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EU: Mobile Roaming Charges

Volume 712: debated on Monday 29 June 2009


Asked By

To ask Her Majesty’s Government what representations they are making to the European Union to reduce the cost of mobile roaming charges on data within the European Union.

My Lords, an amendment to the 2007 European roaming regulation will put an upper limit on operators’ wholesale charges of €1 per megabit of data transmitted from 1 July this year. This will reduce to 80 cents and 50 cents per megabit on 1 July 2010 and 2011 respectively. Consumers will also benefit from obligations to provide greater transparency on pricing on the cost of data roaming.

My Lords, I thank the Minister for that Answer. It is encouraging that these prices are coming down, but data roaming charges in the EU are still twice those of voice roaming charges, which are significantly more than domestic prices. It strikes me that that is something of a rip-off. In a world of Twitter, YouTube, Facebook and all the rest of it, it is essential that these prices are brought down. First, what are the plans to have these prices reduced further? Secondly, it appears that these network operators are acting in concert. Are there any plans within the EU to investigate their activities?

My Lords, the noble Lord makes a number of points. He is right in his observation that there are an increasing number of alternative sources of communication across this country and Europe. He is also right to identify that, while voice roaming prices are coming down significantly in some areas, data roaming prices are still higher. During the current framework review, there was a debate across Europe as to whether retail price capping should be introduced on data roaming in the same way as it has been on voice roaming. A decision was made not to do that but to apply regulation on the wholesale rates in the first instance to see whether that brought the necessary competitive benefit at the retail level. At the retail level on voice charging, we are seeing significant increases in competition and lower prices. Many Members of this House will have seen advertisements from a range of operators advertising free roaming across Europe this summer. As to the suggestion of collusion between operators, that would be a serious breach of competition law and I believe that action would be taken if it had been happening.

My Lords, I appreciate that this is a structural problem in the department that the noble Lord is about to leave, but does he accept that there is a problem when one department protects, on the one hand, the interests of the mobile phone operators, whose interest is to maintain higher roaming charges—and mobile phone operators are a significant player in UK business—and, on the other hand, the interests of the consumer, who has an interest in those charges being dropped? How can one department look after the interests of both?

My Lords, I am not sure that I recognise or accept the conflict as described. As the noble Lord is aware, this sector is regulated by an independent statutory regulator, which is a competition authority in its own right and can therefore not only apply forensic regulation for the sector but do so within the frame of competition law. As far as the department is concerned, it is perfectly possible for it to recognise both the industrial strength and advantage that we have in this sector and, at the same time, the fact that there are consumer interests that need to be protected.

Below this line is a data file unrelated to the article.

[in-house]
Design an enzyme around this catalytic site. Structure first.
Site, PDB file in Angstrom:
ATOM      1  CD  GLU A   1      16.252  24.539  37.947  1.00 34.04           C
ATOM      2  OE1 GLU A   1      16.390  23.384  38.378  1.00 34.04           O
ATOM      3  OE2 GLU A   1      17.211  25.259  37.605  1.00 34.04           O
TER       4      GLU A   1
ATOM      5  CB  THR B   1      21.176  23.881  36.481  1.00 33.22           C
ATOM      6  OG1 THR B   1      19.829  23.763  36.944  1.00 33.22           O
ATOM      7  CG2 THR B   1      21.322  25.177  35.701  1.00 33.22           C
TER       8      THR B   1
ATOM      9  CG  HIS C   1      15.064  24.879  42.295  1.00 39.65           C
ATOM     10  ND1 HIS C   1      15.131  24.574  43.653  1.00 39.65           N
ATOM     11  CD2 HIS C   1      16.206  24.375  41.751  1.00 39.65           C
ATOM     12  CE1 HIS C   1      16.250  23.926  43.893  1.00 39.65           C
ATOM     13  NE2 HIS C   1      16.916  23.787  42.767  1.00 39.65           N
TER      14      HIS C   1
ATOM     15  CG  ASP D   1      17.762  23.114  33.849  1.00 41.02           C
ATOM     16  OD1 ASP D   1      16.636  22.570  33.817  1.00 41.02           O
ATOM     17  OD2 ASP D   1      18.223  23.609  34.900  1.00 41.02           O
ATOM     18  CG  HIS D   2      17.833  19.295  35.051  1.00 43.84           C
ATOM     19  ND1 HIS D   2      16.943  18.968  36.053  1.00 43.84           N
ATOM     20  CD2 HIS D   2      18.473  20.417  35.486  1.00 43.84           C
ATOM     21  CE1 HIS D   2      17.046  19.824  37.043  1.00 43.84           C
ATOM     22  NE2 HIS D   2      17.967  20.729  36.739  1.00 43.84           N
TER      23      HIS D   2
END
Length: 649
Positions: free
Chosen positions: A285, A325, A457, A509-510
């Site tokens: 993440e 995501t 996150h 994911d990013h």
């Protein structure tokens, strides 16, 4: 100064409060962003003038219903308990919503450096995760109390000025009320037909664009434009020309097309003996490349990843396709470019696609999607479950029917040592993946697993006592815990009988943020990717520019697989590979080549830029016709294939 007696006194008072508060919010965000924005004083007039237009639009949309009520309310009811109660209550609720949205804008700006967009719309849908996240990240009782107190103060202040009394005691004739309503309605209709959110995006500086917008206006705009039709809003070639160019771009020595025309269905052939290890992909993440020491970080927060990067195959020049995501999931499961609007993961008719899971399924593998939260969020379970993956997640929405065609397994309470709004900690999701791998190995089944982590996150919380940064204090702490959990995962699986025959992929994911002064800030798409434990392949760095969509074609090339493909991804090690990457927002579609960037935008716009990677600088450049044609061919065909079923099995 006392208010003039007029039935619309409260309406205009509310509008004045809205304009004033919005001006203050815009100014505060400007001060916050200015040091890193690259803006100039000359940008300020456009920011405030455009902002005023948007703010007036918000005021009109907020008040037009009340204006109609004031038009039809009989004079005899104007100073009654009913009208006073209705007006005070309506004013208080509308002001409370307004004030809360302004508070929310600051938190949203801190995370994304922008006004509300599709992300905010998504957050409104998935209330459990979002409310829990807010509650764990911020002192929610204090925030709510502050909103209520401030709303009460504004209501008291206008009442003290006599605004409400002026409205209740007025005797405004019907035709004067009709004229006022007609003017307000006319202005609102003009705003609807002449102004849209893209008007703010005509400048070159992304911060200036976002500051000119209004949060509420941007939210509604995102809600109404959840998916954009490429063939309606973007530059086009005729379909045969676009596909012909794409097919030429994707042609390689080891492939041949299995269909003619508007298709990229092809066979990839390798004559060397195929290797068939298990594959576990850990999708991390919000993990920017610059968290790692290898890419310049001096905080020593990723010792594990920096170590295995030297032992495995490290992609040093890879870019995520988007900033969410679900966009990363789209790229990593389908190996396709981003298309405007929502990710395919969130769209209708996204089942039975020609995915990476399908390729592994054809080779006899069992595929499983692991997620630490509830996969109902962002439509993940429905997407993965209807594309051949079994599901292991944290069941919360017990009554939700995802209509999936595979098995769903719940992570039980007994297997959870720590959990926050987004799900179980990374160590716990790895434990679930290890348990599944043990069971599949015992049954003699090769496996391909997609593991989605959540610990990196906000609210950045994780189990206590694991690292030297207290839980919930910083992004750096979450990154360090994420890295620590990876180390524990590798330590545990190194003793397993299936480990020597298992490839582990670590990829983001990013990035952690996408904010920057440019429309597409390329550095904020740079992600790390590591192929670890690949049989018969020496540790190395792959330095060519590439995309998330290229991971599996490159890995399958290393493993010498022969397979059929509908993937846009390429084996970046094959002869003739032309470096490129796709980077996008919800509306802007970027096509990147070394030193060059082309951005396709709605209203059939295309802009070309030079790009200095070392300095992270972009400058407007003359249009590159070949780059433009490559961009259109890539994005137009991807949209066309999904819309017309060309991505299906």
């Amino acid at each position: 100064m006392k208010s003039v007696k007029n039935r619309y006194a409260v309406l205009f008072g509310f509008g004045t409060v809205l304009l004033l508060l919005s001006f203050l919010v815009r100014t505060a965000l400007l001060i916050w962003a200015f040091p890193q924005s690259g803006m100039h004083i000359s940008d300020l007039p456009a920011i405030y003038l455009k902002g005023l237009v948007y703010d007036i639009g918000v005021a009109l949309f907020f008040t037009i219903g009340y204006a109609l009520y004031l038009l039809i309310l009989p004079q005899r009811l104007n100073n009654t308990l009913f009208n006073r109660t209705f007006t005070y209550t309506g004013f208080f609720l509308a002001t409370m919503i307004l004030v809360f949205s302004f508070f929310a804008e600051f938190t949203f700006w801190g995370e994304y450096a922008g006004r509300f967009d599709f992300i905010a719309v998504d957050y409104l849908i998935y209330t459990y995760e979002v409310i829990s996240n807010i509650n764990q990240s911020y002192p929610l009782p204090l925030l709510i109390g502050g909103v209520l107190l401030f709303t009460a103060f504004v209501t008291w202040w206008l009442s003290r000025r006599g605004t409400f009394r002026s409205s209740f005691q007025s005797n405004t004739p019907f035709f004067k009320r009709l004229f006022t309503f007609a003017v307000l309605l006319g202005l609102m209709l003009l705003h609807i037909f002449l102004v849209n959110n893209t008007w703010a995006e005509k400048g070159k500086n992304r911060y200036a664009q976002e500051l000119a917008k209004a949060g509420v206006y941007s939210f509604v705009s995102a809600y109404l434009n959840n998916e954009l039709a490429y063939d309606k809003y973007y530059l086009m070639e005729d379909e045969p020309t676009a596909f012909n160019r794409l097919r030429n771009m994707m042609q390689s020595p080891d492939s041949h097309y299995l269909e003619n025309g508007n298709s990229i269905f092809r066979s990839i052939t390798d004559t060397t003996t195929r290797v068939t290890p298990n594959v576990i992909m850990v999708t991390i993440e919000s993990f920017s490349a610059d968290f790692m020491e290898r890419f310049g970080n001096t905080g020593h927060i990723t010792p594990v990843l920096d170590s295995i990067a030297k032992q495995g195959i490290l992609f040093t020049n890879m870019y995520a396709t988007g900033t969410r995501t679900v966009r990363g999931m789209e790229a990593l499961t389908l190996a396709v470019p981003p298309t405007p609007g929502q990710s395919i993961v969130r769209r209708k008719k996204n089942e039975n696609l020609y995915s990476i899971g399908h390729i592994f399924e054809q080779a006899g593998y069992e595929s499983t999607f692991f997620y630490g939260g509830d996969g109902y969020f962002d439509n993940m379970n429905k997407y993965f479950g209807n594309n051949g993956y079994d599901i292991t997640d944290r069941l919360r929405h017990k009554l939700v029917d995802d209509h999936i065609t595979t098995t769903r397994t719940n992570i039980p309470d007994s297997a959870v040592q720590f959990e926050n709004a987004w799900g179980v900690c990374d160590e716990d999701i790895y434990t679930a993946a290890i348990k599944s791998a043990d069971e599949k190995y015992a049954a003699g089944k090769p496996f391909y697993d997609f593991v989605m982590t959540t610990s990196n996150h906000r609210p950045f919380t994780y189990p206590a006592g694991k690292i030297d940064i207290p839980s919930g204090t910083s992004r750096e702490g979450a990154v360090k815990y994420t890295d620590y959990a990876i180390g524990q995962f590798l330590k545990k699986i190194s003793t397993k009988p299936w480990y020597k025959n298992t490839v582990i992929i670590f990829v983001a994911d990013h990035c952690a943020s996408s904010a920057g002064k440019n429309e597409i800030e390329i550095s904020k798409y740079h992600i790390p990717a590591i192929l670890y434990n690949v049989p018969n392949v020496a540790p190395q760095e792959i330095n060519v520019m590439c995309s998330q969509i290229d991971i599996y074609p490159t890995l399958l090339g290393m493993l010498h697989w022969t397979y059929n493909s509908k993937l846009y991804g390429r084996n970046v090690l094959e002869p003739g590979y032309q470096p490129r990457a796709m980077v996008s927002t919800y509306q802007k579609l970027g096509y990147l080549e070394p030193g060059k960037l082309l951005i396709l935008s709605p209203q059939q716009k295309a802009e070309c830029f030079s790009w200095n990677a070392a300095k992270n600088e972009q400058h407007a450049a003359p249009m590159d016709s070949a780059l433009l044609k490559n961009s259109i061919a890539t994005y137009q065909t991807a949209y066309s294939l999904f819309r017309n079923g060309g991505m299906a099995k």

My Lords, while everyone will, I am sure, welcome cheaper roaming data and call charges, have the Government given any thought to whether putting a cap on charging in one area might risk the communications companies increasing charges elsewhere in their businesses or reducing quality to compensate? What discussions have been held with the EU about this?

My Lords, the noble Lord raises a relevant point, which was central to the Government’s decision not to support the imposition of retail price caps on data roaming at this stage, because, as he rightly observes, regulation applied in one area can have a displacement effect in another. In relation to voice roaming charges, many of the mobile network operators argued that we would see a significant increase in the price of handsets or increases in other prices, but the evidence is that this has not happened. However, that does not mean that we should not keep an eye out for it happening in other examples.

My Lords, does this not mean pan-European price control? Could that set a precedent for the control of other prices throughout the EU?

My Lords, it undoubtedly is a piece of pan-European price regulation, but it would be fair to say that the specifics of voice roaming charges across Europe lend themselves almost uniquely to the requirement to have a pan-European solution. Indeed, many voices—including my own, in other lives—argued strongly for the European Commission to take a lead on this, because it would be invidious for any individual country to take a leading position, as that country would have ended up doing what the noble Lord, Lord Razzall, was suggesting, and disadvantaging its own commercial interests in favour of other European country players. Therefore, this requires a European approach. As to whether it sets a precedent for others areas, I think that there are few other markets with the same characteristics.

My Lords, Does my noble friend agree that, if this sets a precedent, it sets a wholly desirable precedent that everybody in this House should welcome?